Conventional ergonomic footrests 130 are attached to the front legs. The footrests are attached to the device by two s-shaped support members 140 that can be inserted into two respective tubular receptors 150 that are welded to the front legs 20. The ends of the s-shaped support members contain a conventional spring loaded lock and release mechanism that can be depressed when inserted into the tubular receptor 150. The tubular receptor has several apertures that will allow the lock and release mechanism to protrude through the aperture thereby locking the footrest support members into place at a desired height. Depressing the loaded lock and release member and pulling the s-shaped support member completely out of the tubular receptor allows for the removal of the footrest altogether. In another embodiment, the footrests can be adapted for swing-out movement to out-of-the way positions, as known and described by those skilled in the art, with appropriate latch structures being provided for releasably locking the footrests and support members in the normal operational positions.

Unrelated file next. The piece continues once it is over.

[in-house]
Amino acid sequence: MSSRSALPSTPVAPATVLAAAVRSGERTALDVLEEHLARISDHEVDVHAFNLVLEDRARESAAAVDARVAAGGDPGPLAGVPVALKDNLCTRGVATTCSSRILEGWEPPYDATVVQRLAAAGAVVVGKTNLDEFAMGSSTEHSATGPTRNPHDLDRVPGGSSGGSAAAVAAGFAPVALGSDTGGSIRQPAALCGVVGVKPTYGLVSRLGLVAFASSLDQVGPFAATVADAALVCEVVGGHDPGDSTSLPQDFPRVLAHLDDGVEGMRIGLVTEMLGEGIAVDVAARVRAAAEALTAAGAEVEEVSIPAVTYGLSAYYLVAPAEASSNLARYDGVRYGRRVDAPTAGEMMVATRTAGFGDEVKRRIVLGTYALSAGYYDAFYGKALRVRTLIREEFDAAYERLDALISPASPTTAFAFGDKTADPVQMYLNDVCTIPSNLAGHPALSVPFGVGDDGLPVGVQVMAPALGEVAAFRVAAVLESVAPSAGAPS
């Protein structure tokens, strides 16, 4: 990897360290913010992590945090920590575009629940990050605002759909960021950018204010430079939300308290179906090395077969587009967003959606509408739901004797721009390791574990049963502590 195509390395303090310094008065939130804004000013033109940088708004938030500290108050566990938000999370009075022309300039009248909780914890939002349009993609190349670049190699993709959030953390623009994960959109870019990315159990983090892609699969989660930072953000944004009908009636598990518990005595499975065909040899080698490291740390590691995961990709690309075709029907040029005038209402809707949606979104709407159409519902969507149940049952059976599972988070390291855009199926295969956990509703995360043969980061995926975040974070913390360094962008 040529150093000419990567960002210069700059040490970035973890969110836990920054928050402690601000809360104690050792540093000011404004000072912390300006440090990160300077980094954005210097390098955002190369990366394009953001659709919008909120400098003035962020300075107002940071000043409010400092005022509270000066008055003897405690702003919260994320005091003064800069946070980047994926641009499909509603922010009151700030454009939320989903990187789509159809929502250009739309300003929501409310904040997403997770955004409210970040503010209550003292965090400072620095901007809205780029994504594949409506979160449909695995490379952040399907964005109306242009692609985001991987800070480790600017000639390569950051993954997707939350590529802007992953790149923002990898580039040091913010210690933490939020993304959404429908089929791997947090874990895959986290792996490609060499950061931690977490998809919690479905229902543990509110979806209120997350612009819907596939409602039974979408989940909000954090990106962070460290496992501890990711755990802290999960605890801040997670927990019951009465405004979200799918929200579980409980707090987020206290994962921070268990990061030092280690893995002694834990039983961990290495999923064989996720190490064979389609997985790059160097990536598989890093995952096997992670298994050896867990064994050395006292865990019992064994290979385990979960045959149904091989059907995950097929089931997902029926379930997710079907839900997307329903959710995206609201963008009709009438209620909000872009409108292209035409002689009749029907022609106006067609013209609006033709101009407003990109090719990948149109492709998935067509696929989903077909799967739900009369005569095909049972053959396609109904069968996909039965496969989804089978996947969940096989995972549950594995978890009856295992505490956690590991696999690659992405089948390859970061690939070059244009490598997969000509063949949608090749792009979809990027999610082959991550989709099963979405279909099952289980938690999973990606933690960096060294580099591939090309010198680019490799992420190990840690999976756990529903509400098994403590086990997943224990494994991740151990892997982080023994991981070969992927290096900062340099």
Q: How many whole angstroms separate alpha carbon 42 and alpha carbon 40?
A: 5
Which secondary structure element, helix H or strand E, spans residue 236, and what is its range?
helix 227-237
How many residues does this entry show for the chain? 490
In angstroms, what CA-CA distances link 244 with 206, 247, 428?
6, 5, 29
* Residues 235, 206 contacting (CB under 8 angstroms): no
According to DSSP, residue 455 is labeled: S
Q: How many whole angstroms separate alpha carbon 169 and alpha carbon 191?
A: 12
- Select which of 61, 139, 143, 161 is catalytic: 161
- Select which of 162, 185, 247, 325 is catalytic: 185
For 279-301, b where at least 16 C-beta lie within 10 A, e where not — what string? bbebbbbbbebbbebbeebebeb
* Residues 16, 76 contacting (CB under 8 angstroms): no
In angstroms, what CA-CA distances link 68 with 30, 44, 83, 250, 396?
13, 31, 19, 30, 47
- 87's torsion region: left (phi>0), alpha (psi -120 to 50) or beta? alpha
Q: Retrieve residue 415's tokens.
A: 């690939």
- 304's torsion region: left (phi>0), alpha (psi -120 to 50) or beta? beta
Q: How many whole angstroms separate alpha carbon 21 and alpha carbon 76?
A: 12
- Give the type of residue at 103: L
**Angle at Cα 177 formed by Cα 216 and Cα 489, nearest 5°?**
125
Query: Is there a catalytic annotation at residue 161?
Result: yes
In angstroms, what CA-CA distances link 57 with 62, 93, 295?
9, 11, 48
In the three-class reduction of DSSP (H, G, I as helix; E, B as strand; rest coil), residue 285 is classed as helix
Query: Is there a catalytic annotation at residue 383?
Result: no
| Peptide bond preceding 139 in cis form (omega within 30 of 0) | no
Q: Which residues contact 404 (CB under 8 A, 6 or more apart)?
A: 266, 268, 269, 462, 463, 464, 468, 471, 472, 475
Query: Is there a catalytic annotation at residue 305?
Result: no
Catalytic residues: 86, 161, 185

A brake and locking system 160 is attached to the rear wheels. The brake system can be actuated in any of a number of ways, from hand grips mounted on the handles to a foot actuated lever mounted at the rear wheels. Such mechanisms are conventional and are not shown in the drawings. In either case, actuating the mechanism will cause a metal bar to impinge upon the outer surface of each respective rear wheel 120. When the brake is locked, the device will be prevented from rolling, and will remain stationary while a person using the transporter can be seated or can rise from a seated position.